Today I received one of those calls. I swung by the high school to pick up Emma and Mason who would come home for a few hours before play practice. Having just arrived home from work I went upstairs to change my clothes and within no time I could smell the batch of brownies they were making, a traditional snack for the two of them to bake. I went downstairs to tackle the dish washer and the two of them worked on homework in the study. Later, I'd fix tacos for dinner and my husband would cart them over to play practice, picking up Savannah on the way.

Other days it's Shannon who is over for a few hours. Or Paul will give Sean or Hunter a call. Sydney will have roommate Kaitlin down for a night too. When the kids were little, neighbors Danielle, Jacqui or Jeremy would be by almost daily. For years I was known for always having freezer ice pops ready for eating! And I'll never forget the way Willie used to show up our deck almost daily, making faces through the window at baby Paul who was sitting in his high chair and waiting for the girls to come outside to play.

I am happy that although this isn't quite the hometown I grew up in, my childrens' friends feel welcome, safe, and well fed in our home. They can pull up a chair and share a meal or drop by unannounced when they are in the neighborhood. I'm glad that I have been able to give my children that gift of knowing that their parents truly like their friends and enjoy having them visit.

Now, if only I could get my own friends (and family) to drop by more often !

Sunday, June 12, 2011

Laughing Til Us Part

As my husband and I fell into another laughing fit together in the car today, our children rolled their eyes. Later, when my husband made the comment that we'd been married for over 22 years and together since 1983, 28 years, I added that since I'd been a month shy of my 15th birthday, he'd been my boyfriend. "That's so weird", my daughter said. "I know but I could not get rid of him", I teased. "She could not get rid of me?! Ha! She'd be lost without me", my husband said. I didn't reply to that comment. It's a rare day when I don't repeatedly match my husband's comments with a sarcastic retort. I admit, I give the guy a hard time. I've got a tendency to be an antagonist, truth be told. But the truth is, it IS weird that I met the love of my life when I was so very young. And yes, as independent as I can be at times, and as much as I taunt him asking just how long I'll have to wait after his death before I find a new guy, he knows the truth. He'll be the only love of my life. I would be lost without him. I'd be more than lost.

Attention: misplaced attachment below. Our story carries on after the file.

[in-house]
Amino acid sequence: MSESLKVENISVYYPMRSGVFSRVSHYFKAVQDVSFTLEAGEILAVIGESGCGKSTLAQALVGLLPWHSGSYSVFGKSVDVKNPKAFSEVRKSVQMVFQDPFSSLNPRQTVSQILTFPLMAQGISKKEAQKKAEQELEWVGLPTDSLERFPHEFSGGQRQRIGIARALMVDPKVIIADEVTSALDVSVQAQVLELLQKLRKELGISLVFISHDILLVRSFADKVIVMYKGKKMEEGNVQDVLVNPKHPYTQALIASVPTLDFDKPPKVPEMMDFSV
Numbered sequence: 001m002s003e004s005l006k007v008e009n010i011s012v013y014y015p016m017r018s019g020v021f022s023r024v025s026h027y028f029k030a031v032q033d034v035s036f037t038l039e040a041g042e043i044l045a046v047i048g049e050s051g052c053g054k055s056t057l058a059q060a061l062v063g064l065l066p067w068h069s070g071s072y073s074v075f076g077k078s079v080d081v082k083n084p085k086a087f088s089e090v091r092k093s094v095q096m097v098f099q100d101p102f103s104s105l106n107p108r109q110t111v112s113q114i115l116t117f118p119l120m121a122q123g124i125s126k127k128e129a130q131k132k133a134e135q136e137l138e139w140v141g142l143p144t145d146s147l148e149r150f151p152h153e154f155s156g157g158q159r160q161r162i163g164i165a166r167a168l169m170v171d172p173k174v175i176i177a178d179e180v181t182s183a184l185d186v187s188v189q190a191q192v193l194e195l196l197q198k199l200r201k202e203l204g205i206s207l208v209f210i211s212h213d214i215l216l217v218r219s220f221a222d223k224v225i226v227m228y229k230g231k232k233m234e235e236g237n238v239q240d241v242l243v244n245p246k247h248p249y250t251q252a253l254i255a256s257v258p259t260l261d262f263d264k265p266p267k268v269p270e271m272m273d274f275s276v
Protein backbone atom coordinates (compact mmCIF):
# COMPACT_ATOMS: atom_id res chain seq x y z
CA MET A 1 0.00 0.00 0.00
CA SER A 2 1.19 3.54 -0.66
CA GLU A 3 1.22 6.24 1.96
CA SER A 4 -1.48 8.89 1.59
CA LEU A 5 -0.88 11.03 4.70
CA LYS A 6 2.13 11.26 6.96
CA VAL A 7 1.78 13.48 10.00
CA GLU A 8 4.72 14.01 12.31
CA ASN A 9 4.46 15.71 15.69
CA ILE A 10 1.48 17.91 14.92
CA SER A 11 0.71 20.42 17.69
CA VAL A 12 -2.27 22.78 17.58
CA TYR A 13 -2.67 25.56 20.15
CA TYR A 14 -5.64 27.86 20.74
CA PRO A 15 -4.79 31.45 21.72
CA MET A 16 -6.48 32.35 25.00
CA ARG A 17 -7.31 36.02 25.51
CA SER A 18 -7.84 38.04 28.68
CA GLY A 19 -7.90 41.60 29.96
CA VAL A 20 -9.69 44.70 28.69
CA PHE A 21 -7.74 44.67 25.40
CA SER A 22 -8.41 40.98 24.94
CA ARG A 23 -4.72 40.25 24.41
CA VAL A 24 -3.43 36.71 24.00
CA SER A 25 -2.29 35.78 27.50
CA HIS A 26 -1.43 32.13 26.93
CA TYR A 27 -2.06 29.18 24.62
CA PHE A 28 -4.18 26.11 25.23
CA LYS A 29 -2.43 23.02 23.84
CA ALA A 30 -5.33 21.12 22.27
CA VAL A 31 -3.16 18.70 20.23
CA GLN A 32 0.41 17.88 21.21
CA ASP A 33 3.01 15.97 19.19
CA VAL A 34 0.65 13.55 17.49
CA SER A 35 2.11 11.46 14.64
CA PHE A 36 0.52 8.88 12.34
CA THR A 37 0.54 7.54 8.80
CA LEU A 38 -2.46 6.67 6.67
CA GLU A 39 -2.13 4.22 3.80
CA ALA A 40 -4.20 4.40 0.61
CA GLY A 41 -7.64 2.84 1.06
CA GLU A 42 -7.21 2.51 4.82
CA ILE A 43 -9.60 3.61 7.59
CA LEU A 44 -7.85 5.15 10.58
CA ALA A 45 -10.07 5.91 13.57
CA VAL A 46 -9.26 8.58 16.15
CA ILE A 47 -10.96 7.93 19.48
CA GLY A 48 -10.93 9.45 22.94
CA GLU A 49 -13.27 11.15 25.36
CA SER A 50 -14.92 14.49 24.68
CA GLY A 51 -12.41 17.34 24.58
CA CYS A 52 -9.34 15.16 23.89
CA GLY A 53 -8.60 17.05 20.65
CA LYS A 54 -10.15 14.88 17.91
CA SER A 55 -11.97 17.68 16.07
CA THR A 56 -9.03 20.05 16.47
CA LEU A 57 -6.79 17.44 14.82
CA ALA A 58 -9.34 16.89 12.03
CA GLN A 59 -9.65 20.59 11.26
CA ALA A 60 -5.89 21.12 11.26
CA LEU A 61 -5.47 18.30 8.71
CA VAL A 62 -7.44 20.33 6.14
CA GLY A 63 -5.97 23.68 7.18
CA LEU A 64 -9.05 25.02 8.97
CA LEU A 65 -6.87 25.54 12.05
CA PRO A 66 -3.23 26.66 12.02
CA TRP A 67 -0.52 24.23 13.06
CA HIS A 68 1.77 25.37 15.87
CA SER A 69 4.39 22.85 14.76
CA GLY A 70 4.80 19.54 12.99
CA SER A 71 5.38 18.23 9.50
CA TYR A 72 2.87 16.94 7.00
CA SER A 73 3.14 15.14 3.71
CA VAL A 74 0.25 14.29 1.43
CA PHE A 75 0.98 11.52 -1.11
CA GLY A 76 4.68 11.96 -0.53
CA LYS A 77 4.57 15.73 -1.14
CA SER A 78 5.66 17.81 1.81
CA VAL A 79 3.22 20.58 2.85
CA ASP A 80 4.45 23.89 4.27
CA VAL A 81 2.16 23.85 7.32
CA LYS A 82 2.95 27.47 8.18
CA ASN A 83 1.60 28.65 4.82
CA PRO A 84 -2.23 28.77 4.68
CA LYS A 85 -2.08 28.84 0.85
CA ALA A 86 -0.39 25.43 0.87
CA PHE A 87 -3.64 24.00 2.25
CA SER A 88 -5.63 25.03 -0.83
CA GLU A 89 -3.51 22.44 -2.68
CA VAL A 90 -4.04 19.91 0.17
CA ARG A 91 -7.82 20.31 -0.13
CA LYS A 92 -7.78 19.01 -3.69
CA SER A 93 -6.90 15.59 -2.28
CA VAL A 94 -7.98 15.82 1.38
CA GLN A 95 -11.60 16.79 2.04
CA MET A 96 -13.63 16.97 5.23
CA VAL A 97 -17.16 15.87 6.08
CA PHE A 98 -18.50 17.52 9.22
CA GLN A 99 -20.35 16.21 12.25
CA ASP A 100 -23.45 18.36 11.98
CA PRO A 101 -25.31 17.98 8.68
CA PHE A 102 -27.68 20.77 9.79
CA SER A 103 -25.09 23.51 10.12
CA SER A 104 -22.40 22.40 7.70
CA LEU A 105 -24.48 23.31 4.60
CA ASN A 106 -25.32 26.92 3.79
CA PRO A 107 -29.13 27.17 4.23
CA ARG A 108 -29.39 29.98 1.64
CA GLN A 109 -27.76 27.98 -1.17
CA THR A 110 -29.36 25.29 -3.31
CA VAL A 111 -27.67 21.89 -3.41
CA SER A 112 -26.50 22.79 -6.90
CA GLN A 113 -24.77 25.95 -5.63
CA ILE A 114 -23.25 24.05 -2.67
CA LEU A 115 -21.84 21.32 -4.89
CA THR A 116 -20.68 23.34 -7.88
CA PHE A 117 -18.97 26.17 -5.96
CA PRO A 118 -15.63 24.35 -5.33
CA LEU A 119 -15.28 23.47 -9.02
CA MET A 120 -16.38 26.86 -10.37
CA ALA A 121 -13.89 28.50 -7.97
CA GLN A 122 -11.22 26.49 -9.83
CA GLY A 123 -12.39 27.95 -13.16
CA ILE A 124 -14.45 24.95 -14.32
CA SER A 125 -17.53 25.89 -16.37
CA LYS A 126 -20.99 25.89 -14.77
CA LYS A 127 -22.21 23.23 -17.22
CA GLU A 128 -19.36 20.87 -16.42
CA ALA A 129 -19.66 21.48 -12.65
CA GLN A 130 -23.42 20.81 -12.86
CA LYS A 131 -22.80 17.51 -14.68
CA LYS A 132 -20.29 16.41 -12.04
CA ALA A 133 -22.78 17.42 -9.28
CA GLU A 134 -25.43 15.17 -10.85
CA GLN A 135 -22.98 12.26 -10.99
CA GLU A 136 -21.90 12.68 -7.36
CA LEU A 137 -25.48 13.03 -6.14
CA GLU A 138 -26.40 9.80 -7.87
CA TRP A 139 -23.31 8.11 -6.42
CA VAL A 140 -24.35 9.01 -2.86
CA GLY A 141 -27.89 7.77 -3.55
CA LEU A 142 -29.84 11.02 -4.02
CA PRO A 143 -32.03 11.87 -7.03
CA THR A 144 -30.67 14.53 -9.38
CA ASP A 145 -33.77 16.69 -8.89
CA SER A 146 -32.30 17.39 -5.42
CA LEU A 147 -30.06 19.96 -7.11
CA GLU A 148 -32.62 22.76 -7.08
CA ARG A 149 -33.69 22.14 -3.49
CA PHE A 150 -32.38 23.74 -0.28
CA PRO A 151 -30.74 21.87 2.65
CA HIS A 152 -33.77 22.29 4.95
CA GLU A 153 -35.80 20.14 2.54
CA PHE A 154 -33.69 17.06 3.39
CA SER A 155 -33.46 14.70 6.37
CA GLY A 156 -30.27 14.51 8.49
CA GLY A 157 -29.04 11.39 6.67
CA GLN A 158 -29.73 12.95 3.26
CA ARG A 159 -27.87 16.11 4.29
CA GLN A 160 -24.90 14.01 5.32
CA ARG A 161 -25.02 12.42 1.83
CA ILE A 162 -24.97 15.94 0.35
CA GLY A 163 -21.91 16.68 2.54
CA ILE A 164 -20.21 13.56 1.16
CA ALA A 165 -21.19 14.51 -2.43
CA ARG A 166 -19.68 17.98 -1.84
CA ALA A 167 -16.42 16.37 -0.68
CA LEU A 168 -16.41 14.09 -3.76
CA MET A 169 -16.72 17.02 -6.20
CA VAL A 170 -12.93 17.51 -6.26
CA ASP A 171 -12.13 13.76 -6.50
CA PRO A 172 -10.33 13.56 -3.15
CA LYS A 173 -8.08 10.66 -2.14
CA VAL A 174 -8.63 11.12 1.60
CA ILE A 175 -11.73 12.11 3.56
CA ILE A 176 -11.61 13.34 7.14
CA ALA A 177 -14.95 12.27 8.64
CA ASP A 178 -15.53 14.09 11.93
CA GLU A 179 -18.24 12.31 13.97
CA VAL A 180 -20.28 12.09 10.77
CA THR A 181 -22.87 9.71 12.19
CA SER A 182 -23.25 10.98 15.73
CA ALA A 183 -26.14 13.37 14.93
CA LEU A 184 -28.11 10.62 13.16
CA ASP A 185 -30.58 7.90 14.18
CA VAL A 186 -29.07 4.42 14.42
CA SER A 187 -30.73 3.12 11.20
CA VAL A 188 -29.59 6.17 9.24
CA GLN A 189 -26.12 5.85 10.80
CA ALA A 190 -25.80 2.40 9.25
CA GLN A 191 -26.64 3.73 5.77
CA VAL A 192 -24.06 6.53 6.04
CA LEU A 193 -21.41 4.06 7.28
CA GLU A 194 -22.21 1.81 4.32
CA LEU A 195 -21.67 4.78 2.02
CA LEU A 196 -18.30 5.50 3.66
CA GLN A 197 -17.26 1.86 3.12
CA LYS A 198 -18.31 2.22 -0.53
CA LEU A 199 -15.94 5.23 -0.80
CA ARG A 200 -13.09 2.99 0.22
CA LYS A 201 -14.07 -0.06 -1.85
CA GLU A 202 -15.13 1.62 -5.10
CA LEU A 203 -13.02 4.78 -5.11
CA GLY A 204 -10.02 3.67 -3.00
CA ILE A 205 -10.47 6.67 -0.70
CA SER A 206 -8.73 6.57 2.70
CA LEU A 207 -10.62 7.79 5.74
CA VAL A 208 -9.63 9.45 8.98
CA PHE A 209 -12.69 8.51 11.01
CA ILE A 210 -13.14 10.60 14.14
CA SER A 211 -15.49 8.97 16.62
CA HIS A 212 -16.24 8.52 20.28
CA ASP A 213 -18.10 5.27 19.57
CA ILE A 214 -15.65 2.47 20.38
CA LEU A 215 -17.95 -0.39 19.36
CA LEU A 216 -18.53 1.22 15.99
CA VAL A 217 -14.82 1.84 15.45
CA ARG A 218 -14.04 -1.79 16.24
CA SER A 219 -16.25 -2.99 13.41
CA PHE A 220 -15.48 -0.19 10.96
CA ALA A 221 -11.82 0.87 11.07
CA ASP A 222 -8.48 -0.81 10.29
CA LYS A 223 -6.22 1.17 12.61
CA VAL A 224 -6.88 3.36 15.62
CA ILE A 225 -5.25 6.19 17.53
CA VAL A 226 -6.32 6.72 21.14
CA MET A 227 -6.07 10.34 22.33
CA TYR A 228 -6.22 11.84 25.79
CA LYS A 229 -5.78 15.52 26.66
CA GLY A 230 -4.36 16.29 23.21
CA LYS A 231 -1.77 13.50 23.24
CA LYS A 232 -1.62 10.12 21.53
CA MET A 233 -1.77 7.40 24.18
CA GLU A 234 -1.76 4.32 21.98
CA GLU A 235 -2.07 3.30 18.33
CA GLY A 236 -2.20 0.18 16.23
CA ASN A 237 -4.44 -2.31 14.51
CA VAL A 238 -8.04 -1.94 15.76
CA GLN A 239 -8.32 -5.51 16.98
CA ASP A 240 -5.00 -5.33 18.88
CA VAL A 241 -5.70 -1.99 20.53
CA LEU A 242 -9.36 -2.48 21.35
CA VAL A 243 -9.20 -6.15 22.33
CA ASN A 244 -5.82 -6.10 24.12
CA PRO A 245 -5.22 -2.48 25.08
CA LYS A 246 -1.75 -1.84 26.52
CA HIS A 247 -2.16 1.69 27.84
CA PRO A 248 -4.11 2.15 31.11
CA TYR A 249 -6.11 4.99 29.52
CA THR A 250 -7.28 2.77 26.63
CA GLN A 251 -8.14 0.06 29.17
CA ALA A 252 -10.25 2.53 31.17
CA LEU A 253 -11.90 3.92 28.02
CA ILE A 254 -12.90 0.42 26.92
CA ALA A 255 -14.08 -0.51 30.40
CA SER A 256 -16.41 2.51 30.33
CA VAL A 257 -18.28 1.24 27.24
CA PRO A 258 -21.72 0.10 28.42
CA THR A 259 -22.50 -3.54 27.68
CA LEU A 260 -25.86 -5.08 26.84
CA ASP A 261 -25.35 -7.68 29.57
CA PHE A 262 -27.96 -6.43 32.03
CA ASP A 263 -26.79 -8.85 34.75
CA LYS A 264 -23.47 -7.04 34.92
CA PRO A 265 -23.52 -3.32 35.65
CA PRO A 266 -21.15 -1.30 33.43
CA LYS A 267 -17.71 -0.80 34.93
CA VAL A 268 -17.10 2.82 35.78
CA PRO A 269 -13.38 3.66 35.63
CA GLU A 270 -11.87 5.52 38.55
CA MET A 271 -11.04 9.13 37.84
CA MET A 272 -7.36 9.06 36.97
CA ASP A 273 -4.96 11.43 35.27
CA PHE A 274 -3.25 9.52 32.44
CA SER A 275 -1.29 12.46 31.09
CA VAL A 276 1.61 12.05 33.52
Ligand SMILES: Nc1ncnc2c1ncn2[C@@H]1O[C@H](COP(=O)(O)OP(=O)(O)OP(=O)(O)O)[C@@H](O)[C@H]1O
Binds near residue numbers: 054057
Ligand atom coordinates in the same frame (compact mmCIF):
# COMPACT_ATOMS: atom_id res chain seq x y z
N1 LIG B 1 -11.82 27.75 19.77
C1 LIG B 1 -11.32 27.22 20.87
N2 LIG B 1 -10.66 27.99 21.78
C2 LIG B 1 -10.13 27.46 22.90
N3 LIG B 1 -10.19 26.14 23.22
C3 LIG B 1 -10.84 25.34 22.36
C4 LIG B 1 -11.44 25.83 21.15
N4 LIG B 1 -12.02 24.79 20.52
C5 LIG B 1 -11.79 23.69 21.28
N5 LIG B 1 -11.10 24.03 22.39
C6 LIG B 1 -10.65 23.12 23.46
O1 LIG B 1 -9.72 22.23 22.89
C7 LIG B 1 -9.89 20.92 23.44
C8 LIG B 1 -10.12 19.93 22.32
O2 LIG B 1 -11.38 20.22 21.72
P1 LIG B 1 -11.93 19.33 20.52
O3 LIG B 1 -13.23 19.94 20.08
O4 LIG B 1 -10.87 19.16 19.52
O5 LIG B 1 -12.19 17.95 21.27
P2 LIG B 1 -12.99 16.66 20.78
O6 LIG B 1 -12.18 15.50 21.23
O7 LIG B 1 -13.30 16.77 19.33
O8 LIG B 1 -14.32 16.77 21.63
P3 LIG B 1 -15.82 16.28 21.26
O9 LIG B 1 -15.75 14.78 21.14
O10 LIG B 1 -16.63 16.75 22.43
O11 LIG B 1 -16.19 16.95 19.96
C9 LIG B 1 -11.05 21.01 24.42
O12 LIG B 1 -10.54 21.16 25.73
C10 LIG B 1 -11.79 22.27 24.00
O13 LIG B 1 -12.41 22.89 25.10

What would I do if I suddenly lost the love of my life? I would like to think that I would be okay, that I would honor our life and our happiness and be resilient. I'd like to think that I would be strong. But as little as I think on this subject, I fear that my life would be over. I simply do not think I would be strong without him. He is everything to me. There is no one, NO ONE, who knows me like this man does. There is no one, NO ONE, who could ever love me as this man does. I am sure of that.

A day this past December my father talked about life and love. He said, "You know, a man marries a woman and they build a family together. And for many years that family is an important focus. But one by one, the children leave, as they should, to build families of their own". He continued to talk of how it's the marriage however that remains. The couple that built that family will still have one another after the children leave. Dad's point was that it's important to remember to nurture the marriage, that relationship that secures and binds the family unit together.

I believe it is important not to waste time worrying about the future. With that said, not fretting about tomorrow does not come easily to me. But I work to live in the moment and to savor each day, each hug, each laugh. When I look at Eric, I look deep into his eyes and I try hard to record all that I see there. I must remember. I must save this for the future.

Having watched so many movies, having read so many books where a lifelong couple is finally separated by death, I know that in all likelihood, one of us will be left behind without the other. Still, I'd like to hope that someday, far in the distant future, we'll go together, preferably in our sleep as we're holding one another, happy, madly in love, and thoroughly exhausted from yet another laughing fit.

Saturday, June 11, 2011

Anything But Ordinary

The waves of reminiscing began to hit me early in the day this morning, when I went on a walk in the neighborhood. Listening to my ipod filled with an eclectic array of music, a Kenny Loggins song came on, one from a cd of lullabies I'd bought when my girls were little. The song "The Last Unicorn" began to play and I was immediately transported back to the days when the House at Pooh Corner songs were often heard in my home and my babies and I would waltz cheek to cheek. One phrase from the song, "I'm alive", suddenly made me turn my eyes to the sky and I spotted this little tiny bird on the electrical wires above my head. That suddenly made another memory return, the spring of 2009 when I was being tested repeatedly for breast cancer.